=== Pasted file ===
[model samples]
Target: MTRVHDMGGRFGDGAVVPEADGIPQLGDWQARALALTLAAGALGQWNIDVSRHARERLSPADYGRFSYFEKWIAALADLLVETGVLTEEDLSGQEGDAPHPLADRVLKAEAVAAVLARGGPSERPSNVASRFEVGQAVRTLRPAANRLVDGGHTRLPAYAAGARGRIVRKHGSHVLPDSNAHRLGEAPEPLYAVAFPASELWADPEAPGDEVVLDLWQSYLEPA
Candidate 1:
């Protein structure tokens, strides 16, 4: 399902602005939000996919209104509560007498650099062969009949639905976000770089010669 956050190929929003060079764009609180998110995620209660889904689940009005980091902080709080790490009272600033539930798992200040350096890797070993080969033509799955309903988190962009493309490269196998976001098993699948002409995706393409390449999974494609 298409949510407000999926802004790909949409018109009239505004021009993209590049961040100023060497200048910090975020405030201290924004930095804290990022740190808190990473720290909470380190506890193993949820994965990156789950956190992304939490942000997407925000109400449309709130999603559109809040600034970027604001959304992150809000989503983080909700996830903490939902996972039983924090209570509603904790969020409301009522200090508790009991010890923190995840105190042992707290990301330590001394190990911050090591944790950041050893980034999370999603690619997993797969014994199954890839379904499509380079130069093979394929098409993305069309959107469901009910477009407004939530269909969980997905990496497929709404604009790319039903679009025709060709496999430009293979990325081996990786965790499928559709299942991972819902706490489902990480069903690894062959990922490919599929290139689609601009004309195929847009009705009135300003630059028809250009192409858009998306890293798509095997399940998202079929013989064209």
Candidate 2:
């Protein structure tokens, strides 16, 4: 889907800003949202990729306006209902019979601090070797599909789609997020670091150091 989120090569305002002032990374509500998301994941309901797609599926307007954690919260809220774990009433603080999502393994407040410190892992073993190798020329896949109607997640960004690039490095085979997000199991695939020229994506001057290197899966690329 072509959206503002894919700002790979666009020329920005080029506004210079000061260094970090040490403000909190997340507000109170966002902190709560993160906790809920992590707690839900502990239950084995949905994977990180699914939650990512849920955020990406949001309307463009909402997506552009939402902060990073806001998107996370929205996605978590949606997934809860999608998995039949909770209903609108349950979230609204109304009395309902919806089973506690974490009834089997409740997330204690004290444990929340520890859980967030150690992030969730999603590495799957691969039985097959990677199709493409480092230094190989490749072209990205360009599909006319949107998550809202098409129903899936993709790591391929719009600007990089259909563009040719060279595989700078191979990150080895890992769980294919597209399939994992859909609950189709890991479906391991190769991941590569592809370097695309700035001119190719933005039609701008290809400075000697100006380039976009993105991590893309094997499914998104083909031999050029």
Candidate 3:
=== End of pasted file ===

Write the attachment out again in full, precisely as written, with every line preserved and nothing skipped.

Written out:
[model samples]
Target: MTRVHDMGGRFGDGAVVPEADGIPQLGDWQARALALTLAAGALGQWNIDVSRHARERLSPADYGRFSYFEKWIAALADLLVETGVLTEEDLSGQEGDAPHPLADRVLKAEAVAAVLARGGPSERPSNVASRFEVGQAVRTLRPAANRLVDGGHTRLPAYAAGARGRIVRKHGSHVLPDSNAHRLGEAPEPLYAVAFPASELWADPEAPGDEVVLDLWQSYLEPA
Candidate 1:
């Protein structure tokens, strides 16, 4: 399902602005939000996919209104509560007498650099062969009949639905976000770089010669 956050190929929003060079764009609180998110995620209660889904689940009005980091902080709080790490009272600033539930798992200040350096890797070993080969033509799955309903988190962009493309490269196998976001098993699948002409995706393409390449999974494609 298409949510407000999926802004790909949409018109009239505004021009993209590049961040100023060497200048910090975020405030201290924004930095804290990022740190808190990473720290909470380190506890193993949820994965990156789950956190992304939490942000997407925000109400449309709130999603559109809040600034970027604001959304992150809000989503983080909700996830903490939902996972039983924090209570509603904790969020409301009522200090508790009991010890923190995840105190042992707290990301330590001394190990911050090591944790950041050893980034999370999603690619997993797969014994199954890839379904499509380079130069093979394929098409993305069309959107469901009910477009407004939530269909969980997905990496497929709404604009790319039903679009025709060709496999430009293979990325081996990786965790499928559709299942991972819902706490489902990480069903690894062959990922490919599929290139689609601009004309195929847009009705009135300003630059028809250009192409858009998306890293798509095997399940998202079929013989064209």
Candidate 2:
């Protein structure tokens, strides 16, 4: 889907800003949202990729306006209902019979601090070797599909789609997020670091150091 989120090569305002002032990374509500998301994941309901797609599926307007954690919260809220774990009433603080999502393994407040410190892992073993190798020329896949109607997640960004690039490095085979997000199991695939020229994506001057290197899966690329 072509959206503002894919700002790979666009020329920005080029506004210079000061260094970090040490403000909190997340507000109170966002902190709560993160906790809920992590707690839900502990239950084995949905994977990180699914939650990512849920955020990406949001309307463009909402997506552009939402902060990073806001998107996370929205996605978590949606997934809860999608998995039949909770209903609108349950979230609204109304009395309902919806089973506690974490009834089997409740997330204690004290444990929340520890859980967030150690992030969730999603590495799957691969039985097959990677199709493409480092230094190989490749072209990205360009599909006319949107998550809202098409129903899936993709790591391929719009600007990089259909563009040719060279595989700078191979990150080895890992769980294919597209399939994992859909609950189709890991479906391991190769991941590569592809370097695309700035001119190719933005039609701008290809400075000697100006380039976009993105991590893309094997499914998104083909031999050029």
Candidate 3: